The Term Sheet

The term sheet outlines the key financial and other terms of a proposed investment such as the amount of money to be invested, the form of funding and deal structure, the valuation of the company and the key corporate governance and investor protection principles to set expectations for the final Investment Agreement. Once agreed by all parties, the Term Sheet is used as a basis for drafting the investment documents while in the meantime investors undertake due diligence of the company. Provisions of a Term Sheet are not usually legally binding except for the confidentiality clause, exclusivity on the deal for a certain period of time and agreement on who is bearing legal, due diligence and other costs. Usually the Term Sheet is signed by all shareholders of the company and the potential Investors.


The Investment Agreement,

The Investment Agreement is contract stating all the rights and responsibilities of the parties to set out the conditions for Investors to provide money to the Company. Investment Agreement is a binding contract usually fairly long and describes in detail the conditions that have to be met before the investment, process of the investment and responsibilities and warranties that parties assume after the investment. The key term of a typical Investment Agreement are summarised down below in the following section.

Key terms and concepts of the Investment Agreement and the Term Sheet

Pre-money valuation - the valuation of the company agreed by the parties that is used to calculate the purchase price of the new shares. Essentially it is an agreed value of the company just before the money is invested in the Company.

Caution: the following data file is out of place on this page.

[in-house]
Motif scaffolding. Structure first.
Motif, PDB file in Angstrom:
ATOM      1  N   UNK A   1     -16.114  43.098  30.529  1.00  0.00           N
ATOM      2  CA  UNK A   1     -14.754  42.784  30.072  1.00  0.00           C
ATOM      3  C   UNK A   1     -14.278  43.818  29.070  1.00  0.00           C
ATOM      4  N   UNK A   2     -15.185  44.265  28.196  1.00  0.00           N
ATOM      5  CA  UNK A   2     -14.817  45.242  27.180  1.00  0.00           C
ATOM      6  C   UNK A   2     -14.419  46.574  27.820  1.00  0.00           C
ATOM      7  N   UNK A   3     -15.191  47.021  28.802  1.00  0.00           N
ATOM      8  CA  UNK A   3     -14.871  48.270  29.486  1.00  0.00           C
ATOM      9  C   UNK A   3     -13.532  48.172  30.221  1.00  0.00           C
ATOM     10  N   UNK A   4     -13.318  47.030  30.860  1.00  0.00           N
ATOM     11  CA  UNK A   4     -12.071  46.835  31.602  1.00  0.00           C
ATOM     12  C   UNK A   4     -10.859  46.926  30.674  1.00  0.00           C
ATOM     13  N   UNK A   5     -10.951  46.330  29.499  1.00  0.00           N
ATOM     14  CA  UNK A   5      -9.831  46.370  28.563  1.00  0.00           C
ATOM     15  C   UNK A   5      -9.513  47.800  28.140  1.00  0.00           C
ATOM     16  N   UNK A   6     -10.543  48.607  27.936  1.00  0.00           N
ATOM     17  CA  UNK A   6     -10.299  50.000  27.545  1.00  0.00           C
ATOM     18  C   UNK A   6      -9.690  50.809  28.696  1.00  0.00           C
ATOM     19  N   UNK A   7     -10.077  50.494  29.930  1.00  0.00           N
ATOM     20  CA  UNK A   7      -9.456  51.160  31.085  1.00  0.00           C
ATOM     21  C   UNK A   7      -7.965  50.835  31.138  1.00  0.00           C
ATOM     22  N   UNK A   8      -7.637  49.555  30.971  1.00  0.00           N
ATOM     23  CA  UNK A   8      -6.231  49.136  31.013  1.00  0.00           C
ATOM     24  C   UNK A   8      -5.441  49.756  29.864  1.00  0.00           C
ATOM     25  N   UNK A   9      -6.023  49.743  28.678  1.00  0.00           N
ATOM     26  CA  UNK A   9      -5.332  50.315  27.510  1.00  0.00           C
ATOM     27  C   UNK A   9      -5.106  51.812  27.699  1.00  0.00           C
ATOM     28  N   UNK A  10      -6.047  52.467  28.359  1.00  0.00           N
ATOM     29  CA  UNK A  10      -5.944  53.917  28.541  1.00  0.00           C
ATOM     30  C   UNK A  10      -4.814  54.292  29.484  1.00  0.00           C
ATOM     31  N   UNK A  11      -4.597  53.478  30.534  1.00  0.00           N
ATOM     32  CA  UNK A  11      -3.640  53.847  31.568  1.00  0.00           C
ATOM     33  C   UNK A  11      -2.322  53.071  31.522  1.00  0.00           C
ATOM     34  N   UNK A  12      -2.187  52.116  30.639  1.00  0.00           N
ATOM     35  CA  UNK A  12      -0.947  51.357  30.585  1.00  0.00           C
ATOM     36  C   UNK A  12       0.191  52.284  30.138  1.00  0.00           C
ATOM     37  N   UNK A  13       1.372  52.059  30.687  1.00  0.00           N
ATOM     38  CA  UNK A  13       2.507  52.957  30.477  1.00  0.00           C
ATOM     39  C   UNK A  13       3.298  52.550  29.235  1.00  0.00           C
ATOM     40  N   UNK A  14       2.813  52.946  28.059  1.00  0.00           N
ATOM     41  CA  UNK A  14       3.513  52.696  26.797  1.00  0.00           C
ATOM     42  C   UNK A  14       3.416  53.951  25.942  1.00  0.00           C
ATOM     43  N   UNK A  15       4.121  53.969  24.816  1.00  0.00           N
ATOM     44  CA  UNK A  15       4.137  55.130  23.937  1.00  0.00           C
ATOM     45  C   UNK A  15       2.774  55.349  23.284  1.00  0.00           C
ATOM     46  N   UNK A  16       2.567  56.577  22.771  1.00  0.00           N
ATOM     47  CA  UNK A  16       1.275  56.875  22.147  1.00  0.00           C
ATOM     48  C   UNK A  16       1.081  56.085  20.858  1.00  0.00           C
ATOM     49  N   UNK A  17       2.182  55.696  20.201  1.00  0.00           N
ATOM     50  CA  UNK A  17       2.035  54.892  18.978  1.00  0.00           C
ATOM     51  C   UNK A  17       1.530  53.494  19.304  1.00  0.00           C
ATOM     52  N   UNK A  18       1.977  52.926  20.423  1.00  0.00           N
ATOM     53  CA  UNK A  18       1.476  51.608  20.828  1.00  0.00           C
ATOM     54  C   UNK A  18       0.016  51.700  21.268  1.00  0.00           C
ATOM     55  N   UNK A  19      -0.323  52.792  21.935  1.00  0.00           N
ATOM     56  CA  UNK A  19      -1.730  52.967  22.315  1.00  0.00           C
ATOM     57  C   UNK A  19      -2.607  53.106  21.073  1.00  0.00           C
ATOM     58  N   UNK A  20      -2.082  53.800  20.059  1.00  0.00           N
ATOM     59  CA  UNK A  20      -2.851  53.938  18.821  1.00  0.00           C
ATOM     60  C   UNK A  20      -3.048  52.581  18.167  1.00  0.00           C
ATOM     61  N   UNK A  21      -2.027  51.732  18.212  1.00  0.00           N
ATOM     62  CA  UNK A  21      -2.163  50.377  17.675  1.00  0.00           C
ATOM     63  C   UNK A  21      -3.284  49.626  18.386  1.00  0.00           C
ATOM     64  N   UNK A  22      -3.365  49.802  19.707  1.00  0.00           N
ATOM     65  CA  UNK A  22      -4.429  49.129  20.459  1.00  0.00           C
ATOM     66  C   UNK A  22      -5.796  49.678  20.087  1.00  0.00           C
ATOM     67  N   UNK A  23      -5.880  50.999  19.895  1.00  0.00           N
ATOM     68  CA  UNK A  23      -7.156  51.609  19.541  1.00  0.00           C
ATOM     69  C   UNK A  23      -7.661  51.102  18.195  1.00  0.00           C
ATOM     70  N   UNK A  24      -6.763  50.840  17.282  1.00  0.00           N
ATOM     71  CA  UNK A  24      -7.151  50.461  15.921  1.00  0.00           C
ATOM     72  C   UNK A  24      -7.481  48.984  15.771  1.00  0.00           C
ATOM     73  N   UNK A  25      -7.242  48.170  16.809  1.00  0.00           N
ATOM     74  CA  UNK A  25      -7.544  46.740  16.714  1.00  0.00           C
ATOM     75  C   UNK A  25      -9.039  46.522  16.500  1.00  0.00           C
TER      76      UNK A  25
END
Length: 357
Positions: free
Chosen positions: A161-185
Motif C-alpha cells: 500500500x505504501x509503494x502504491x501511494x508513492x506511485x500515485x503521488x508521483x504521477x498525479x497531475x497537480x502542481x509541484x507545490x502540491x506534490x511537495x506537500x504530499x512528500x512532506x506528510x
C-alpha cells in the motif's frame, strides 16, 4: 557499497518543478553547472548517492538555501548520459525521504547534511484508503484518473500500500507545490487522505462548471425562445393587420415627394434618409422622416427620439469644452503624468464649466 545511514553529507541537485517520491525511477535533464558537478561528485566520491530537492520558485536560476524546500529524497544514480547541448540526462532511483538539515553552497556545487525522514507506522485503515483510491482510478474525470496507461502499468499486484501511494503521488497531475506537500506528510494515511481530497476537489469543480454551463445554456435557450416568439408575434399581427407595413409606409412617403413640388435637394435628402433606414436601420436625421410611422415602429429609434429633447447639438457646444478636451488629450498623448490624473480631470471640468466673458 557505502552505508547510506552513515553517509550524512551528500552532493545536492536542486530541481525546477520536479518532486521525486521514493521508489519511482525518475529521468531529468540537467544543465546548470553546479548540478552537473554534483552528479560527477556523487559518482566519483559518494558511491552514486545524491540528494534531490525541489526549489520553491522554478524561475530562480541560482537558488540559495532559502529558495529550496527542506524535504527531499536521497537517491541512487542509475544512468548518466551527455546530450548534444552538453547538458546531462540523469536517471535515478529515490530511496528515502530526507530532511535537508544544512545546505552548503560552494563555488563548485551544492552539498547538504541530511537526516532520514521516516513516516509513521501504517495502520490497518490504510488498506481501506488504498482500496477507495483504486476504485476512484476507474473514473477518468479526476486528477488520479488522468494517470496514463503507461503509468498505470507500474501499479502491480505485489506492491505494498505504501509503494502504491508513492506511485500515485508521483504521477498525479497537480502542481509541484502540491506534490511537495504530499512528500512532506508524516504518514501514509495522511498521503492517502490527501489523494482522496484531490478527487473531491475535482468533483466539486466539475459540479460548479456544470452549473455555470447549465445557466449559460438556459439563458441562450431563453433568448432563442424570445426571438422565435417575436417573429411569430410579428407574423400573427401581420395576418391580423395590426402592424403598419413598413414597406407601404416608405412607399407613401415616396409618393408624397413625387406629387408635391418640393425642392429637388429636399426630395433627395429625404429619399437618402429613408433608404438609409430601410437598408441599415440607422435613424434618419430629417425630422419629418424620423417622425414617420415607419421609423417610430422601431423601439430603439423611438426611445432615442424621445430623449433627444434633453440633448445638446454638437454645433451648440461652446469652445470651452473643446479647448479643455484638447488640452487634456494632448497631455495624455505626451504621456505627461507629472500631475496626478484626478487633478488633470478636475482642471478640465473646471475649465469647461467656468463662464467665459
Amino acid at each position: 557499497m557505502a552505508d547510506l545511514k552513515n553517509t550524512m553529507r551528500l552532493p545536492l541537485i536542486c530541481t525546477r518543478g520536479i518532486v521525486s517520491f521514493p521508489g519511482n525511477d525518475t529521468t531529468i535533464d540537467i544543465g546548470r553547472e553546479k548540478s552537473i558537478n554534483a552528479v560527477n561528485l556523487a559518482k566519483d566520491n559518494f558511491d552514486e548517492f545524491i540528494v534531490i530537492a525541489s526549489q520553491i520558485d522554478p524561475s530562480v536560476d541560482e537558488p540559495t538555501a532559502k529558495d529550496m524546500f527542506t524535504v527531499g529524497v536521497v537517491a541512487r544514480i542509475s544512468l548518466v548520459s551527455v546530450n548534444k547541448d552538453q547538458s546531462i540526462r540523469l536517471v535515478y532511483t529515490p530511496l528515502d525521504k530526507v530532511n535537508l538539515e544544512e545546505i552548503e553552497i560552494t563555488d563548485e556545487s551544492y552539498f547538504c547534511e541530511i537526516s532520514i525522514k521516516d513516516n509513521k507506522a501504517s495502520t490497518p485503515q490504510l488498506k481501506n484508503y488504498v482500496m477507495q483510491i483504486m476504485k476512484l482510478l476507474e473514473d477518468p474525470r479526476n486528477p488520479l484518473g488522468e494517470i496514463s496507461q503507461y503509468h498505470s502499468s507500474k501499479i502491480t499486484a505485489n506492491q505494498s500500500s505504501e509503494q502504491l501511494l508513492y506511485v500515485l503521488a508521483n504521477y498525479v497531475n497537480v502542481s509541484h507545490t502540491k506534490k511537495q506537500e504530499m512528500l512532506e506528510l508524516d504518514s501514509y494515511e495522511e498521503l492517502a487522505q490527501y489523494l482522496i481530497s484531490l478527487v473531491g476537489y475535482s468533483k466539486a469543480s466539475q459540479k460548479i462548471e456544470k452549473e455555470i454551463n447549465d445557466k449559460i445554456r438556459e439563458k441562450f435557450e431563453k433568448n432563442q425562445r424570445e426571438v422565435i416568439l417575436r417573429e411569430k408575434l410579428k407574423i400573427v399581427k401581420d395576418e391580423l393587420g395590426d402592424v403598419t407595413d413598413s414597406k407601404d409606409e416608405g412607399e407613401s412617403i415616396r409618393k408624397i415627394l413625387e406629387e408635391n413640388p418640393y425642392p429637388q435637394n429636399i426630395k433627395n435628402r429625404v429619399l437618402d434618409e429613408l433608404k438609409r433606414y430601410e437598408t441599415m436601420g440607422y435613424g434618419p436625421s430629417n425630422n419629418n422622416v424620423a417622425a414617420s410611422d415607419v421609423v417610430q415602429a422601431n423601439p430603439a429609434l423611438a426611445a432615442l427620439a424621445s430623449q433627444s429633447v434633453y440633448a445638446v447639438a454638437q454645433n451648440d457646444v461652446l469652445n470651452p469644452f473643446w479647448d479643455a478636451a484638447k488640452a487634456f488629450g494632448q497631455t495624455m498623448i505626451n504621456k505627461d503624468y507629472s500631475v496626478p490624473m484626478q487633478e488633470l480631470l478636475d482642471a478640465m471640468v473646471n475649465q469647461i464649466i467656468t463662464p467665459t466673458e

Post-money valuation - the valuation of the company immediately after the investment has been made and includes the new investment. Essentially the post-money valuation of the company is the sum of pre-money valuation and the investment amount.

Cap Table (Capitalisation Table) – is a snapshot of the shareholder structure of the company. The cap table may include convertible notes and employee stock options to reflect the ownership structure on a fully diluted basis, ie after all equity-related instruments have been converted into issued shares.

Convertible note – some early stage investors prefer structuring their investment as a loan that is converted to equity at the next round of the investment (qualifying round) with an agreed discount for the convertible note holder for taking an earlier risk. In this way parties do not have to agree to a valuation just yet. Usually investors agree on a valuation cap that is the maximum valuation at which the loan would be converted to equity.

Milestones and tranching - usually investors will split an investment in a few payments called tranches, subject to various technical and/or commercial milestones being met. In case of failure to meet a milestone investors may renegotiate the deal or refuse to transfer any subsequent tranches. Tranching is used by investors to minimise the risks in cases where the company substantially deviates from the agreed plan. Investors may use a ratchet to adjust the respective shareholdings of the investors and the founders depending on either the company's performance or the level of returns on an exit.